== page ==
Monday, November 29, 2010

Air France/KLM: African Network, Winter 2010/11: Codeshare destinations

Selected destinations served by Sky-team partner Kenya Airways in code-share are shown in red. Nairobi has become a significant hub for the alliance.

Air France/KLM: African Network, Winter 2010/11: Gulf of Guinea detail

The Air France-KLM's network in the Gulf of Guinea, serving every capital and major city from Abidjan to Luanda, is impressively dense and frequent.

Air France/KLM: Winter 2010/11

Air France-KLM's website currently features this extremely thoughtful network map for Sub-tropical Africa, with each city labelled with weekly frequencies, designated by carrier and hub. The otherwise-lucid graphic is a bit confusing, in that it includes only Libya among North African states, and even more confusingly does not include Djibouti or Madagascar--yet Air France is one of the few carriers to serve Antananarivo and Djibouti.

Sunday, November 28, 2010

Air India: Worldwide, December 2006

A colorful but confusing route map from Air India. Air India's global network is complicated enough, with its "scissors hubs", necessary due to the distance between North America and the sub-continent, routing passengers via London and Frankfurt. The use of red lines for the code-share services is somewhat obfuscating, making the network seem larger and more global than it is, as the eye naturally focuses on the brighter colors.
Comparing to the previous post, there is a general, though not extensive, expansion to East Asia. several cities in Europe are served; East Africa is part of the network. More cities in the United States are connected. What is most surprisingly is the total retreat from the Gulf region; only Dubai is served between the Mediterranean and the hub at Mumbau.

Saturday, November 20, 2010

Air India, worldwide network, c.1960

Via either Comet or Boeing 707 to five continents, from the Statue of Liberty to the wildlife of East Africa, the beefeaters of Buckingham to the geishas of the Ginza. Note the dense intra-European network.

Friday, November 12, 2010

Pan Am: New York-Kano, 1956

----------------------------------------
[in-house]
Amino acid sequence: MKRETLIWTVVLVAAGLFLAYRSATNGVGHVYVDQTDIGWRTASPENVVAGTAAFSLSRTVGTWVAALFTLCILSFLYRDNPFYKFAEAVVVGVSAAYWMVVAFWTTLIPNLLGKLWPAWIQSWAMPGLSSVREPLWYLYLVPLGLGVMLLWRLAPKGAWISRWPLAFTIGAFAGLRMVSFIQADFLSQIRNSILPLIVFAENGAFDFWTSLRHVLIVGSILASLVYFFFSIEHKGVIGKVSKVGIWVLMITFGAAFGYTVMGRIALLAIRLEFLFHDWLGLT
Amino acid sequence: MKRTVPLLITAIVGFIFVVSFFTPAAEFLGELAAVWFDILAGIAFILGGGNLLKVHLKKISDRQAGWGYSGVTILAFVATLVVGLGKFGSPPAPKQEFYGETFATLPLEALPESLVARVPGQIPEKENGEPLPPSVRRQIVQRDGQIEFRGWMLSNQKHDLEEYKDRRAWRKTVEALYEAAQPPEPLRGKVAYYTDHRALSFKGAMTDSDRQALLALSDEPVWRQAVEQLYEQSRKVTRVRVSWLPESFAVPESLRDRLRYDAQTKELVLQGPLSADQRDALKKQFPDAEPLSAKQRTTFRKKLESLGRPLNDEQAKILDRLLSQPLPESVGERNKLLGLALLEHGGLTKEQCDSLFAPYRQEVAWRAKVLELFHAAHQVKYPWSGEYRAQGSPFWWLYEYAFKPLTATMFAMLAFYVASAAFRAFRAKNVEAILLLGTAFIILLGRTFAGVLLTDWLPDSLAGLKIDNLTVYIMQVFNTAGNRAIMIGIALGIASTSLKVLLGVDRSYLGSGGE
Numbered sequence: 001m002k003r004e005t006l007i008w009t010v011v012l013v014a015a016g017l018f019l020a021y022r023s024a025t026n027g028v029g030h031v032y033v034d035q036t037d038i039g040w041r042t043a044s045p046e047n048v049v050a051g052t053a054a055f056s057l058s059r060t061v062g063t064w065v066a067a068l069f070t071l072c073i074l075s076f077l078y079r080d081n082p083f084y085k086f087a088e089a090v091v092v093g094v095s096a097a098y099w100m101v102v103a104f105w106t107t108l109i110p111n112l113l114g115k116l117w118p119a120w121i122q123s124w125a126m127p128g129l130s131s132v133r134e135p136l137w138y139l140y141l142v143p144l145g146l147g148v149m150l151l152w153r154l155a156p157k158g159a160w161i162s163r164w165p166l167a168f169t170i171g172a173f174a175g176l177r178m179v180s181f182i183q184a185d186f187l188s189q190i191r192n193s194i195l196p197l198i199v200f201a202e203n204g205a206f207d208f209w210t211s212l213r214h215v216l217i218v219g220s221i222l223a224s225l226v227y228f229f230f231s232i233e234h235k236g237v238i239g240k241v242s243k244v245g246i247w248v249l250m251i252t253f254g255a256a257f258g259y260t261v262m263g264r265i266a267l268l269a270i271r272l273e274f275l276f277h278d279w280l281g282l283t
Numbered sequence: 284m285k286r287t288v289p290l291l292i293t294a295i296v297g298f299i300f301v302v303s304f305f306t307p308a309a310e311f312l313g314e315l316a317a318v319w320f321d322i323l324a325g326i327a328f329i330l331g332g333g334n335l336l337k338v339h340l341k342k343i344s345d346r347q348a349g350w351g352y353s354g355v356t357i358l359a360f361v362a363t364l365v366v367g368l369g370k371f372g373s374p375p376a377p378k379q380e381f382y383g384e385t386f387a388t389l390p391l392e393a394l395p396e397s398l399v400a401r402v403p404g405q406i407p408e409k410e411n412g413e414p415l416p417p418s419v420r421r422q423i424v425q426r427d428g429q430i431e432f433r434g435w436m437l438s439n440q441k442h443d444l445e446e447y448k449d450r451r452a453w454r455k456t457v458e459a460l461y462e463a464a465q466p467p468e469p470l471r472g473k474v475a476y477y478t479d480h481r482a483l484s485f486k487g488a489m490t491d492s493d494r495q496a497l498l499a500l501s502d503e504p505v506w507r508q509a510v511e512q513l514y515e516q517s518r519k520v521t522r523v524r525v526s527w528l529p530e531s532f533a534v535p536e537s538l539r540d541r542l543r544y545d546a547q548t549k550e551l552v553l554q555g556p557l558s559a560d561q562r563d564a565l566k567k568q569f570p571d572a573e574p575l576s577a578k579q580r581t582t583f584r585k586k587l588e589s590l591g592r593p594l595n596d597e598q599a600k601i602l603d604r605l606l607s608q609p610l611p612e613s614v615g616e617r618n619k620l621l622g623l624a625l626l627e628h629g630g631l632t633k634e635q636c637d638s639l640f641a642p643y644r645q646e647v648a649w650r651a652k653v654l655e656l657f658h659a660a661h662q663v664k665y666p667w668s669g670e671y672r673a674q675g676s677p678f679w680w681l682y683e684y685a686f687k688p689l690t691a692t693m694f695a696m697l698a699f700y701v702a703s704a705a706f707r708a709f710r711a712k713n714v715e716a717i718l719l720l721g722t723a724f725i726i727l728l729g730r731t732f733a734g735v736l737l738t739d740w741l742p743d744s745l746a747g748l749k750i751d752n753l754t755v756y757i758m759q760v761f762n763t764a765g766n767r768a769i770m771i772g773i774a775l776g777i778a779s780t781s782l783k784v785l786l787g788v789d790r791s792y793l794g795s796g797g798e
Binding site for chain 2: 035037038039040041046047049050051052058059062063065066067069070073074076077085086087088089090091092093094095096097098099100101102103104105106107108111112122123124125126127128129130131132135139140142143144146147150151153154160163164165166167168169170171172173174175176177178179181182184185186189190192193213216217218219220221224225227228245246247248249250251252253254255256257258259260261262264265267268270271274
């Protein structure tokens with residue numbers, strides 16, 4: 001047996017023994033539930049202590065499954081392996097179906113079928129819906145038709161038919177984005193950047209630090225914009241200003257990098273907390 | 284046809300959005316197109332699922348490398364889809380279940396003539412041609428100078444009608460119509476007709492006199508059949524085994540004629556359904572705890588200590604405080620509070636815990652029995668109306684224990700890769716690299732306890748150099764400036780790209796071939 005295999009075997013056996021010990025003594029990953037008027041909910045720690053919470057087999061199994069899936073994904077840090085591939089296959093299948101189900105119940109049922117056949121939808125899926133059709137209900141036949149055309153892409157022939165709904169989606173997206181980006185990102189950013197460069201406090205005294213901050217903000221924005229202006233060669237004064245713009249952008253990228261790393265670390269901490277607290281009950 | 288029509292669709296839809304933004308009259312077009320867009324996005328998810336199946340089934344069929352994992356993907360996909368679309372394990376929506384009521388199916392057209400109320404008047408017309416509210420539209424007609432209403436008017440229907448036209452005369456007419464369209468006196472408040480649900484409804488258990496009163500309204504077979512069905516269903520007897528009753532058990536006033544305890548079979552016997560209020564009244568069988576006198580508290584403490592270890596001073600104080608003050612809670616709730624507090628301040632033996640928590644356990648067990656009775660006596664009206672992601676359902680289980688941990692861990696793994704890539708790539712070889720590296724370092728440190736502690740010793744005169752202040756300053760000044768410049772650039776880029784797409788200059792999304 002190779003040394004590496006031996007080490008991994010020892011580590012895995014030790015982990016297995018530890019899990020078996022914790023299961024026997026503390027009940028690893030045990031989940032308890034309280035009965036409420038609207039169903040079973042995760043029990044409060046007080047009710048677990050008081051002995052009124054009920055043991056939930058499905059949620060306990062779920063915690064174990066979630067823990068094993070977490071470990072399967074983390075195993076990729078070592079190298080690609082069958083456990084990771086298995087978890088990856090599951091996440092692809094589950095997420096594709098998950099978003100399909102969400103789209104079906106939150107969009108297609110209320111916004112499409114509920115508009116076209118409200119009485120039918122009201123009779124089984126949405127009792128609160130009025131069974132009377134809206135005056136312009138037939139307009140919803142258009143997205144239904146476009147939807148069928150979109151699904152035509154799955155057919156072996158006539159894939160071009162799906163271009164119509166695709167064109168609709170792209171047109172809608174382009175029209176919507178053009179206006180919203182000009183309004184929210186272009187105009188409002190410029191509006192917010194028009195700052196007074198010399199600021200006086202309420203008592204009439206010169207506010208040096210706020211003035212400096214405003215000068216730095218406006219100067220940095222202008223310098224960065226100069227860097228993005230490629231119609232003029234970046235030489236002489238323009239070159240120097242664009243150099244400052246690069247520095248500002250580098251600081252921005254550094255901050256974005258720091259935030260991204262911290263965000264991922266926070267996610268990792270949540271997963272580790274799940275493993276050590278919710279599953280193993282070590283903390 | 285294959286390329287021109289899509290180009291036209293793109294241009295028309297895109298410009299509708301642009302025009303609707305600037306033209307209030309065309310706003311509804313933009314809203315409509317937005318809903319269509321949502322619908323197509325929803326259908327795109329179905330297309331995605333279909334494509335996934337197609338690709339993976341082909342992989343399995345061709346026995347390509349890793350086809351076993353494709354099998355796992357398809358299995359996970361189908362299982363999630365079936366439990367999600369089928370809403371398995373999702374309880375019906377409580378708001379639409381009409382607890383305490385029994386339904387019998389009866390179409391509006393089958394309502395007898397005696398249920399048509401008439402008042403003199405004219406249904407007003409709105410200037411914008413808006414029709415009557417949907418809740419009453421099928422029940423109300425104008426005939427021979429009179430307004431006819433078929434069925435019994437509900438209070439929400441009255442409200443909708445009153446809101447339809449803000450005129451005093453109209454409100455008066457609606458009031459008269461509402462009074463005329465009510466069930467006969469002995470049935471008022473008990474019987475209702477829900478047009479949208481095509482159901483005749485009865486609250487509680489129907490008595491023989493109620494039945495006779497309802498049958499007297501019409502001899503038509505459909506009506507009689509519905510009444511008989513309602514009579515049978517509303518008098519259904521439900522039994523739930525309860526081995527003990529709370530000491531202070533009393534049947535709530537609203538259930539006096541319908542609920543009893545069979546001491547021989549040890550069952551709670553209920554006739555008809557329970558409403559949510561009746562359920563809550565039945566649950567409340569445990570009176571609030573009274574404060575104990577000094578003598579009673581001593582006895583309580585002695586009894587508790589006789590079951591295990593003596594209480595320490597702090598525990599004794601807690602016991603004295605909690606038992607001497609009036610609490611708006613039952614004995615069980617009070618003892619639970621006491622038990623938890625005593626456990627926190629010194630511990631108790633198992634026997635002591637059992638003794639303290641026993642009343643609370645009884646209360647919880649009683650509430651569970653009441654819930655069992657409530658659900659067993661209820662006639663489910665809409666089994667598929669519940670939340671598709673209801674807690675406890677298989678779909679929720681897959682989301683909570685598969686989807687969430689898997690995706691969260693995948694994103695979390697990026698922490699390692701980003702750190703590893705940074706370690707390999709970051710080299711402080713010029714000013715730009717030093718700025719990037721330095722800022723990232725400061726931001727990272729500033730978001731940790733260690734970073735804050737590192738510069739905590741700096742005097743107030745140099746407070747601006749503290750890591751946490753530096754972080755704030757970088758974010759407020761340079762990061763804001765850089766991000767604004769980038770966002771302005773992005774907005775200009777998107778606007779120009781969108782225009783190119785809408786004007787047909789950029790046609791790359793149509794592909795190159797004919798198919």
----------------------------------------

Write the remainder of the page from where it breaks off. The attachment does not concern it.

Kano has been discussed before. Its interesting as it is still a large and important city, the principal commercial center and airport in Northern Nigeria, but its international services have declined (partly due to the rise of Abuja to the south). KLM, MEA, and Saudi Arabian apparently still fly there. According to this first day cover, Pan Am connected Kano with New York in 1956, although this service did not seem to last long.

Monday, November 8, 2010

Cincinnati/Northern Kentucky: The international non-stops, Winter/Spring 2005

Five Years ago, Cincinnati was connected with four European capitals daily: London (Gatwick), Paris, Amsterdam, and Frankfurt, all by Delta Air Lines, which once operated one its largest hubs from the banks of the Ohio River.  Pre-SkyTeam Partner airline Air France often landed from CDG itself. In addition, Delta landed in Northern Kentucky from Cancun, Nassau, Montreal, and Toronto.
Today, only the Paris connection remains, although Cincinnati continues to be painfully squeezed between Delta's massive hubs in Atlanta and Detroit, as well as Memphis, also under pressure to shrink, and Minneapolis (the latter three inherited from Northwest). Meanwhile, Delta launched seasonal service from Pittsburgh to Paris, which continues to operate in the summer season, usually with a B757.

Monday, November 1, 2010

BOAC: Worldwide Routes, 1962

Showing some unusual destinations, such as Brazzaville, Kano, Dakar and Windhoek that are no longer served by successor British Airways.